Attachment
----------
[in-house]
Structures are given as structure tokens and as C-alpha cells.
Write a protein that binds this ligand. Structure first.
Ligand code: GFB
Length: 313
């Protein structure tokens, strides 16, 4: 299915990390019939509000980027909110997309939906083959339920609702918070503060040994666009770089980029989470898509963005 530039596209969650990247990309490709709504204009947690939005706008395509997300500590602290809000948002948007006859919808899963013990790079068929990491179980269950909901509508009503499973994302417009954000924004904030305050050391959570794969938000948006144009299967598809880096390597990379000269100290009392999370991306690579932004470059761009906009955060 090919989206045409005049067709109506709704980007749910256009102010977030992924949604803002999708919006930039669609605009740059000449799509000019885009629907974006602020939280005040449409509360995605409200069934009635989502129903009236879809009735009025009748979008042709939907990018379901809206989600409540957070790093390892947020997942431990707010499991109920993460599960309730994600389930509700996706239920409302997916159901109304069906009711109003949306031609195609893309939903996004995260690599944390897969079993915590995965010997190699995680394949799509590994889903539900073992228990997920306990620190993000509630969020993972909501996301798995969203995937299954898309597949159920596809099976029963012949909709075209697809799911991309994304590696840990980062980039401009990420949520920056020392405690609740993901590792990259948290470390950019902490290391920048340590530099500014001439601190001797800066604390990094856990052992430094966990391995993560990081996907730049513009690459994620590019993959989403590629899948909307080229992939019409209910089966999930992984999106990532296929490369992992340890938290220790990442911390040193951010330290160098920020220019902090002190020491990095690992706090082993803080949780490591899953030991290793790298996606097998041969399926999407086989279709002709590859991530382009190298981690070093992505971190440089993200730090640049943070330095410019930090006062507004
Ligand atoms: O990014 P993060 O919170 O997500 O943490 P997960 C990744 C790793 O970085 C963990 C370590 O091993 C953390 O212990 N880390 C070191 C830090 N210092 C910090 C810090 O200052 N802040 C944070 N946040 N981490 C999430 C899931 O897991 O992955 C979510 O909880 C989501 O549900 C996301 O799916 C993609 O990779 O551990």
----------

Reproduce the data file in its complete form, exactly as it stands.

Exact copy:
[in-house]
Structures are given as structure tokens and as C-alpha cells.
Write a protein that binds this ligand. Structure first.
Ligand code: GFB
Length: 313
């Protein structure tokens, strides 16, 4: 299915990390019939509000980027909110997309939906083959339920609702918070503060040994666009770089980029989470898509963005 530039596209969650990247990309490709709504204009947690939005706008395509997300500590602290809000948002948007006859919808899963013990790079068929990491179980269950909901509508009503499973994302417009954000924004904030305050050391959570794969938000948006144009299967598809880096390597990379000269100290009392999370991306690579932004470059761009906009955060 090919989206045409005049067709109506709704980007749910256009102010977030992924949604803002999708919006930039669609605009740059000449799509000019885009629907974006602020939280005040449409509360995605409200069934009635989502129903009236879809009735009025009748979008042709939907990018379901809206989600409540957070790093390892947020997942431990707010499991109920993460599960309730994600389930509700996706239920409302997916159901109304069906009711109003949306031609195609893309939903996004995260690599944390897969079993915590995965010997190699995680394949799509590994889903539900073992228990997920306990620190993000509630969020993972909501996301798995969203995937299954898309597949159920596809099976029963012949909709075209697809799911991309994304590696840990980062980039401009990420949520920056020392405690609740993901590792990259948290470390950019902490290391920048340590530099500014001439601190001797800066604390990094856990052992430094966990391995993560990081996907730049513009690459994620590019993959989403590629899948909307080229992939019409209910089966999930992984999106990532296929490369992992340890938290220790990442911390040193951010330290160098920020220019902090002190020491990095690992706090082993803080949780490591899953030991290793790298996606097998041969399926999407086989279709002709590859991530382009190298981690070093992505971190440089993200730090640049943070330095410019930090006062507004
Ligand atoms: O990014 P993060 O919170 O997500 O943490 P997960 C990744 C790793 O970085 C963990 C370590 O091993 C953390 O212990 N880390 C070191 C830090 N210092 C910090 C810090 O200052 N802040 C944070 N946040 N981490 C999430 C899931 O897991 O992955 C979510 O909880 C989501 O549900 C996301 O799916 C993609 O990779 O551990």